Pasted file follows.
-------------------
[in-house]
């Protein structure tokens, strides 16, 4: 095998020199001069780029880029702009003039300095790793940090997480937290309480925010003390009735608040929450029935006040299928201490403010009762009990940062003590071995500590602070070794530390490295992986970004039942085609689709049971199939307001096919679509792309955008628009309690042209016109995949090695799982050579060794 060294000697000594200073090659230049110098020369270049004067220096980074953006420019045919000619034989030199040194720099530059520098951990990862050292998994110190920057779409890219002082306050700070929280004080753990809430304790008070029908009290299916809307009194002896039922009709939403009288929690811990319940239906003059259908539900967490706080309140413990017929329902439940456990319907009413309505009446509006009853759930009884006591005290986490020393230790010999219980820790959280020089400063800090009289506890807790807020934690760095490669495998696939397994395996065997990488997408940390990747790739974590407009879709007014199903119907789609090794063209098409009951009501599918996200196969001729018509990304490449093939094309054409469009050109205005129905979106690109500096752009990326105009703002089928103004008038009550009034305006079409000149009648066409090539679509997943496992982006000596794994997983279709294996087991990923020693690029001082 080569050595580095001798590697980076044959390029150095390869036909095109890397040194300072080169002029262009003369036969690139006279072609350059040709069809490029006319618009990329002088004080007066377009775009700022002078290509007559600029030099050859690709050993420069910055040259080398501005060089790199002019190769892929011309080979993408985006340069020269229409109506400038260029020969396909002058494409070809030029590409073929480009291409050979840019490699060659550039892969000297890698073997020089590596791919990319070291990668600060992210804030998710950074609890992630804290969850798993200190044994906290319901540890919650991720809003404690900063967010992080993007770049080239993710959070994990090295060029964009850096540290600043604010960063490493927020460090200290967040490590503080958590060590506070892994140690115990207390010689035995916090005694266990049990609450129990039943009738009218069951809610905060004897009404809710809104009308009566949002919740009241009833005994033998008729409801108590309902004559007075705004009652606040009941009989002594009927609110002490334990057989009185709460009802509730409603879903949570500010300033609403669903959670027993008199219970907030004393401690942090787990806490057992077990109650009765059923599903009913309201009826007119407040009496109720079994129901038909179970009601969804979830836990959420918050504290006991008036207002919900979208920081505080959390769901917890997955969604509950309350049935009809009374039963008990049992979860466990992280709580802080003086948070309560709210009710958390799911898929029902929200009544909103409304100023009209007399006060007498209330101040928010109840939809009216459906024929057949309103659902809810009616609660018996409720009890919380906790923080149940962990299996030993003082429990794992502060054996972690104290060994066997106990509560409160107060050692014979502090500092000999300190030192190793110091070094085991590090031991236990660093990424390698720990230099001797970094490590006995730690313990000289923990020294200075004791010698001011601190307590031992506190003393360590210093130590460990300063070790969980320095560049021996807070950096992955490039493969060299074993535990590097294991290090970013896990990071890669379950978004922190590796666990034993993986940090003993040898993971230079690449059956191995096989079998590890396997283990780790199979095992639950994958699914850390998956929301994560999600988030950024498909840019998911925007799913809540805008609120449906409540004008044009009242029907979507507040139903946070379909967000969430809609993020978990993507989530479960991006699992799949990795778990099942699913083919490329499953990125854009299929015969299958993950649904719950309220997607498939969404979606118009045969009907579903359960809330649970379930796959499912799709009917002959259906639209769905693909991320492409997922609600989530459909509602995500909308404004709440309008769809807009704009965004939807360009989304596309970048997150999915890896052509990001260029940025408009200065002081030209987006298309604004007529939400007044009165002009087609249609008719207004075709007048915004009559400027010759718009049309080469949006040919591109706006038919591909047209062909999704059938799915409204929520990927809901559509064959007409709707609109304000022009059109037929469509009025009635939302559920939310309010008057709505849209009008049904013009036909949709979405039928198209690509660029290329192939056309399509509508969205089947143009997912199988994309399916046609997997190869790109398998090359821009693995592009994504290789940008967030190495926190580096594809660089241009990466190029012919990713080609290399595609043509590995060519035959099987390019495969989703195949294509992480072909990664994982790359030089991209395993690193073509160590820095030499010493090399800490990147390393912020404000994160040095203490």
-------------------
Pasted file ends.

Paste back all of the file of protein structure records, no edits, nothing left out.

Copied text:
[in-house]
């Protein structure tokens, strides 16, 4: 095998020199001069780029880029702009003039300095790793940090997480937290309480925010003390009735608040929450029935006040299928201490403010009762009990940062003590071995500590602070070794530390490295992986970004039942085609689709049971199939307001096919679509792309955008628009309690042209016109995949090695799982050579060794 060294000697000594200073090659230049110098020369270049004067220096980074953006420019045919000619034989030199040194720099530059520098951990990862050292998994110190920057779409890219002082306050700070929280004080753990809430304790008070029908009290299916809307009194002896039922009709939403009288929690811990319940239906003059259908539900967490706080309140413990017929329902439940456990319907009413309505009446509006009853759930009884006591005290986490020393230790010999219980820790959280020089400063800090009289506890807790807020934690760095490669495998696939397994395996065997990488997408940390990747790739974590407009879709007014199903119907789609090794063209098409009951009501599918996200196969001729018509990304490449093939094309054409469009050109205005129905979106690109500096752009990326105009703002089928103004008038009550009034305006079409000149009648066409090539679509997943496992982006000596794994997983279709294996087991990923020693690029001082 080569050595580095001798590697980076044959390029150095390869036909095109890397040194300072080169002029262009003369036969690139006279072609350059040709069809490029006319618009990329002088004080007066377009775009700022002078290509007559600029030099050859690709050993420069910055040259080398501005060089790199002019190769892929011309080979993408985006340069020269229409109506400038260029020969396909002058494409070809030029590409073929480009291409050979840019490699060659550039892969000297890698073997020089590596791919990319070291990668600060992210804030998710950074609890992630804290969850798993200190044994906290319901540890919650991720809003404690900063967010992080993007770049080239993710959070994990090295060029964009850096540290600043604010960063490493927020460090200290967040490590503080958590060590506070892994140690115990207390010689035995916090005694266990049990609450129990039943009738009218069951809610905060004897009404809710809104009308009566949002919740009241009833005994033998008729409801108590309902004559007075705004009652606040009941009989002594009927609110002490334990057989009185709460009802509730409603879903949570500010300033609403669903959670027993008199219970907030004393401690942090787990806490057992077990109650009765059923599903009913309201009826007119407040009496109720079994129901038909179970009601969804979830836990959420918050504290006991008036207002919900979208920081505080959390769901917890997955969604509950309350049935009809009374039963008990049992979860466990992280709580802080003086948070309560709210009710958390799911898929029902929200009544909103409304100023009209007399006060007498209330101040928010109840939809009216459906024929057949309103659902809810009616609660018996409720009890919380906790923080149940962990299996030993003082429990794992502060054996972690104290060994066997106990509560409160107060050692014979502090500092000999300190030192190793110091070094085991590090031991236990660093990424390698720990230099001797970094490590006995730690313990000289923990020294200075004791010698001011601190307590031992506190003393360590210093130590460990300063070790969980320095560049021996807070950096992955490039493969060299074993535990590097294991290090970013896990990071890669379950978004922190590796666990034993993986940090003993040898993971230079690449059956191995096989079998590890396997283990780790199979095992639950994958699914850390998956929301994560999600988030950024498909840019998911925007799913809540805008609120449906409540004008044009009242029907979507507040139903946070379909967000969430809609993020978990993507989530479960991006699992799949990795778990099942699913083919490329499953990125854009299929015969299958993950649904719950309220997607498939969404979606118009045969009907579903359960809330649970379930796959499912799709009917002959259906639209769905693909991320492409997922609600989530459909509602995500909308404004709440309008769809807009704009965004939807360009989304596309970048997150999915890896052509990001260029940025408009200065002081030209987006298309604004007529939400007044009165002009087609249609008719207004075709007048915004009559400027010759718009049309080469949006040919591109706006038919591909047209062909999704059938799915409204929520990927809901559509064959007409709707609109304000022009059109037929469509009025009635939302559920939310309010008057709505849209009008049904013009036909949709979405039928198209690509660029290329192939056309399509509508969205089947143009997912199988994309399916046609997997190869790109398998090359821009693995592009994504290789940008967030190495926190580096594809660089241009990466190029012919990713080609290399595609043509590995060519035959099987390019495969989703195949294509992480072909990664994982790359030089991209395993690193073509160590820095030499010493090399800490990147390393912020404000994160040095203490």